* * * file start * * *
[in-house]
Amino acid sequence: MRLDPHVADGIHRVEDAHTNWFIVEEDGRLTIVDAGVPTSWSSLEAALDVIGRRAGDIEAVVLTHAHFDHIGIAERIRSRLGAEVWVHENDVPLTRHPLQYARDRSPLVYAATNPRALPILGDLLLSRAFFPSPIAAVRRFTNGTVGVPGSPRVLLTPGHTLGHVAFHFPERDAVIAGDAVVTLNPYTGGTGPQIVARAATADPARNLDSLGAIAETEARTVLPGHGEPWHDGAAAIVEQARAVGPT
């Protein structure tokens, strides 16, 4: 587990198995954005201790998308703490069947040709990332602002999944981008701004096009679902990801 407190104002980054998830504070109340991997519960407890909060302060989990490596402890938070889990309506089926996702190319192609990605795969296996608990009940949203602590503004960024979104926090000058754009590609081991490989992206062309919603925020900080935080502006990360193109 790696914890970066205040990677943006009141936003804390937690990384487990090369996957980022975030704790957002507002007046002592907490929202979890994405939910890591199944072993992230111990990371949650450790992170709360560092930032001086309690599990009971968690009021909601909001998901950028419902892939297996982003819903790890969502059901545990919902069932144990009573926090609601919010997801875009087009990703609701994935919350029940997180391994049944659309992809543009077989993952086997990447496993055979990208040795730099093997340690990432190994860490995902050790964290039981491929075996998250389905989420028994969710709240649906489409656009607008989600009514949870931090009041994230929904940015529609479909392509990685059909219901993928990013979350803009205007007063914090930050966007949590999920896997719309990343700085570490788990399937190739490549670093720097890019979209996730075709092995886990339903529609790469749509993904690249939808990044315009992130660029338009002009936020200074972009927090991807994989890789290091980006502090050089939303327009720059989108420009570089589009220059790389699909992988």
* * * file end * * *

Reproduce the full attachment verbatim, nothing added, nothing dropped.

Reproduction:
[in-house]
Amino acid sequence: MRLDPHVADGIHRVEDAHTNWFIVEEDGRLTIVDAGVPTSWSSLEAALDVIGRRAGDIEAVVLTHAHFDHIGIAERIRSRLGAEVWVHENDVPLTRHPLQYARDRSPLVYAATNPRALPILGDLLLSRAFFPSPIAAVRRFTNGTVGVPGSPRVLLTPGHTLGHVAFHFPERDAVIAGDAVVTLNPYTGGTGPQIVARAATADPARNLDSLGAIAETEARTVLPGHGEPWHDGAAAIVEQARAVGPT
């Protein structure tokens, strides 16, 4: 587990198995954005201790998308703490069947040709990332602002999944981008701004096009679902990801 407190104002980054998830504070109340991997519960407890909060302060989990490596402890938070889990309506089926996702190319192609990605795969296996608990009940949203602590503004960024979104926090000058754009590609081991490989992206062309919603925020900080935080502006990360193109 790696914890970066205040990677943006009141936003804390937690990384487990090369996957980022975030704790957002507002007046002592907490929202979890994405939910890591199944072993992230111990990371949650450790992170709360560092930032001086309690599990009971968690009021909601909001998901950028419902892939297996982003819903790890969502059901545990919902069932144990009573926090609601919010997801875009087009990703609701994935919350029940997180391994049944659309992809543009077989993952086997990447496993055979990208040795730099093997340690990432190994860490995902050790964290039981491929075996998250389905989420028994969710709240649906489409656009607008989600009514949870931090009041994230929904940015529609479909392509990685059909219901993928990013979350803009205007007063914090930050966007949590999920896997719309990343700085570490788990399937190739490549670093720097890019979209996730075709092995886990339903529609790469749509993904690249939808990044315009992130660029338009002009936020200074972009927090991807994989890789290091980006502090050089939303327009720059989108420009570089589009220059790389699909992988």